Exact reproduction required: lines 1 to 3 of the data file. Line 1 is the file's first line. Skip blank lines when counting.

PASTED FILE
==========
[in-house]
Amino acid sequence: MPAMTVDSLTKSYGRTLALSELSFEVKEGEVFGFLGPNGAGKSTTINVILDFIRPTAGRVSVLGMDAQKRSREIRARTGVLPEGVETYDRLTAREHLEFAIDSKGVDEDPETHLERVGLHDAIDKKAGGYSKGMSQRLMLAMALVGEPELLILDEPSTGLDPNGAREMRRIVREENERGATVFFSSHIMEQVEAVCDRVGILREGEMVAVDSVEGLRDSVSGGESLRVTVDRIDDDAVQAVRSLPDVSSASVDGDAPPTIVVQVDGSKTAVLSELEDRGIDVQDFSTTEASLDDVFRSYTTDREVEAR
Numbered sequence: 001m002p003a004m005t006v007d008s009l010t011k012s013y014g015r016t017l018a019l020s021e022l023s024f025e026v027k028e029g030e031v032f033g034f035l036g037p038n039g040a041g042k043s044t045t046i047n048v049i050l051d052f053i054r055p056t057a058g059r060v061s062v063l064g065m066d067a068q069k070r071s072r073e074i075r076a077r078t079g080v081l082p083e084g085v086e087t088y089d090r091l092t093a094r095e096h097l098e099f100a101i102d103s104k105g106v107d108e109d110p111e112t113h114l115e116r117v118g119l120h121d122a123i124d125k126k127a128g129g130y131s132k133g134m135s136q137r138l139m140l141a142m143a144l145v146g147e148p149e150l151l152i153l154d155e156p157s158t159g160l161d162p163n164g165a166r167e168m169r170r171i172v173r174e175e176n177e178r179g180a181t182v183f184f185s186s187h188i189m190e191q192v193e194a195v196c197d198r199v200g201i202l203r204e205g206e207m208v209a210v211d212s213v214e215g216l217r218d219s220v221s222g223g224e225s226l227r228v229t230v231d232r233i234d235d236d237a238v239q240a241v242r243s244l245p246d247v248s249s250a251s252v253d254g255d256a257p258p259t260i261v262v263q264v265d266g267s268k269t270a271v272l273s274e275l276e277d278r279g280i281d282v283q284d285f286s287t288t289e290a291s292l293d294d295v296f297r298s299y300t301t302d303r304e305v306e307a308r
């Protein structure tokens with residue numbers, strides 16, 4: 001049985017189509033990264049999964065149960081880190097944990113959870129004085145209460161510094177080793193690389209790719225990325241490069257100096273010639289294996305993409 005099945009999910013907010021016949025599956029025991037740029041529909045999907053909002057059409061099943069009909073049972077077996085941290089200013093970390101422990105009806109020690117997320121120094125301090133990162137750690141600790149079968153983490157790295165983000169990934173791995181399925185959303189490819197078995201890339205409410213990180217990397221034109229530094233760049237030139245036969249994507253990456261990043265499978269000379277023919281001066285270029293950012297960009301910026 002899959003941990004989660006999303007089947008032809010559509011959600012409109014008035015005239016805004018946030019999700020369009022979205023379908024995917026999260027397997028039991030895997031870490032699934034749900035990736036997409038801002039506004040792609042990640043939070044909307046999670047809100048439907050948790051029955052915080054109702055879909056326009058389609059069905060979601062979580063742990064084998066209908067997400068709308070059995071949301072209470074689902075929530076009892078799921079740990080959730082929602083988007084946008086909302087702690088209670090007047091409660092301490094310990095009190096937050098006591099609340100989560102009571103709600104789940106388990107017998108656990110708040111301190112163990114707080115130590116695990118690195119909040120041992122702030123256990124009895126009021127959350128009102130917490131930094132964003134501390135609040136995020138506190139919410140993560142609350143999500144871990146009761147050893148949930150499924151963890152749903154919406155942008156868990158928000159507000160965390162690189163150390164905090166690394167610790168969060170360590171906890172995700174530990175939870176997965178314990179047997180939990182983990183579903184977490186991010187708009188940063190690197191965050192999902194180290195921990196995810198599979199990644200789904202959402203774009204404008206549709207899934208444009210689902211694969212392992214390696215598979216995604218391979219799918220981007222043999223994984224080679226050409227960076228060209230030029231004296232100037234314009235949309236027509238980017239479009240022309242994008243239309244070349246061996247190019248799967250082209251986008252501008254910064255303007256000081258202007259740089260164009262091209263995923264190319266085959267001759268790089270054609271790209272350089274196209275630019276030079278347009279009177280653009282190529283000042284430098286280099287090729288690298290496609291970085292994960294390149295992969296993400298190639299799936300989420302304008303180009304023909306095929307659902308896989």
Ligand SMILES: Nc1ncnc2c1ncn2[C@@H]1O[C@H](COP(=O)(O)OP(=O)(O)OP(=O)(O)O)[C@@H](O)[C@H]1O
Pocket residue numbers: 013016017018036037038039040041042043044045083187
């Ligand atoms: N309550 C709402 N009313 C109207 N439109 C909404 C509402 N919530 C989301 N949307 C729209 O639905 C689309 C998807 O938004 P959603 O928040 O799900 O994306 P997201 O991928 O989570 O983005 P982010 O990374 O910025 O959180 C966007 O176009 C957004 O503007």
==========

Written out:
[in-house]
Amino acid sequence: MPAMTVDSLTKSYGRTLALSELSFEVKEGEVFGFLGPNGAGKSTTINVILDFIRPTAGRVSVLGMDAQKRSREIRARTGVLPEGVETYDRLTAREHLEFAIDSKGVDEDPETHLERVGLHDAIDKKAGGYSKGMSQRLMLAMALVGEPELLILDEPSTGLDPNGAREMRRIVREENERGATVFFSSHIMEQVEAVCDRVGILREGEMVAVDSVEGLRDSVSGGESLRVTVDRIDDDAVQAVRSLPDVSSASVDGDAPPTIVVQVDGSKTAVLSELEDRGIDVQDFSTTEASLDDVFRSYTTDREVEAR
Numbered sequence: 001m002p003a004m005t006v007d008s009l010t011k012s013y014g015r016t017l018a019l020s021e022l023s024f025e026v027k028e029g030e031v032f033g034f035l036g037p038n039g040a041g042k043s044t045t046i047n048v049i050l051d052f053i054r055p056t057a058g059r060v061s062v063l064g065m066d067a068q069k070r071s072r073e074i075r076a077r078t079g080v081l082p083e084g085v086e087t088y089d090r091l092t093a094r095e096h097l098e099f100a101i102d103s104k105g106v107d108e109d110p111e112t113h114l115e116r117v118g119l120h121d122a123i124d125k126k127a128g129g130y131s132k133g134m135s136q137r138l139m140l141a142m143a144l145v146g147e148p149e150l151l152i153l154d155e156p157s158t159g160l161d162p163n164g165a166r167e168m169r170r171i172v173r174e175e176n177e178r179g180a181t182v183f184f185s186s187h188i189m190e191q192v193e194a195v196c197d198r199v200g201i202l203r204e205g206e207m208v209a210v211d212s213v214e215g216l217r218d219s220v221s222g223g224e225s226l227r228v229t230v231d232r233i234d235d236d237a238v239q240a241v242r243s244l245p246d247v248s249s250a251s252v253d254g255d256a257p258p259t260i261v262v263q264v265d266g267s268k269t270a271v272l273s274e275l276e277d278r279g280i281d282v283q284d285f286s287t288t289e290a291s292l293d294d295v296f297r298s299y300t301t302d303r304e305v306e307a308r